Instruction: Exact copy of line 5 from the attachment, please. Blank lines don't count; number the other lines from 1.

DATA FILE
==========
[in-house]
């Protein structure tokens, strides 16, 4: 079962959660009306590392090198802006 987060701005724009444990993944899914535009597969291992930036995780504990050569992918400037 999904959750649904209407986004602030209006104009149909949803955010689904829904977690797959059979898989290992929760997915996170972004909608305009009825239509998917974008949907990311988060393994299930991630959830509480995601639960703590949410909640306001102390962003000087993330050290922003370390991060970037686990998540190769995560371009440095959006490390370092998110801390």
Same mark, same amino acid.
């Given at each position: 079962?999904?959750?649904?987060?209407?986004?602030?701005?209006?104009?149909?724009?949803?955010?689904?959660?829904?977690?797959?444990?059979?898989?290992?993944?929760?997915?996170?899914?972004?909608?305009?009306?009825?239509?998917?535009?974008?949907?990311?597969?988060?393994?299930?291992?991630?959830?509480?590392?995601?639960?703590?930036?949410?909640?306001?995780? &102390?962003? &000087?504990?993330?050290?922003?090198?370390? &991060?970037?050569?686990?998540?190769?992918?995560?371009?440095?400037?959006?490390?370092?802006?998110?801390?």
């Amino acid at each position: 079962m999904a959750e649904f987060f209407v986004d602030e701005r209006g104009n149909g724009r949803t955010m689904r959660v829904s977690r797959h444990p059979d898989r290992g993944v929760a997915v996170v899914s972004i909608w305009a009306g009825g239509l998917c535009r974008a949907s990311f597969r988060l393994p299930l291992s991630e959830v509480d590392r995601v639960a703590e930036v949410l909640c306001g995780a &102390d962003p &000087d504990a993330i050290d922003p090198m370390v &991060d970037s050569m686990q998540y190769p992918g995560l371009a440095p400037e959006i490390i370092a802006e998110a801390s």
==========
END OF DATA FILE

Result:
């Amino acid at each position: 079962m999904a959750e649904f987060f209407v986004d602030e701005r209006g104009n149909g724009r949803t955010m689904r959660v829904s977690r797959h444990p059979d898989r290992g993944v929760a997915v996170v899914s972004i909608w305009a009306g009825g239509l998917c535009r974008a949907s990311f597969r988060l393994p299930l291992s991630e959830v509480d590392r995601v639960a703590e930036v949410l909640c306001g995780a &102390d962003p &000087d504990a993330i050290d922003p090198m370390v &991060d970037s050569m686990q998540y190769p992918g995560l371009a440095p400037e959006i490390i370092a802006e998110a801390s």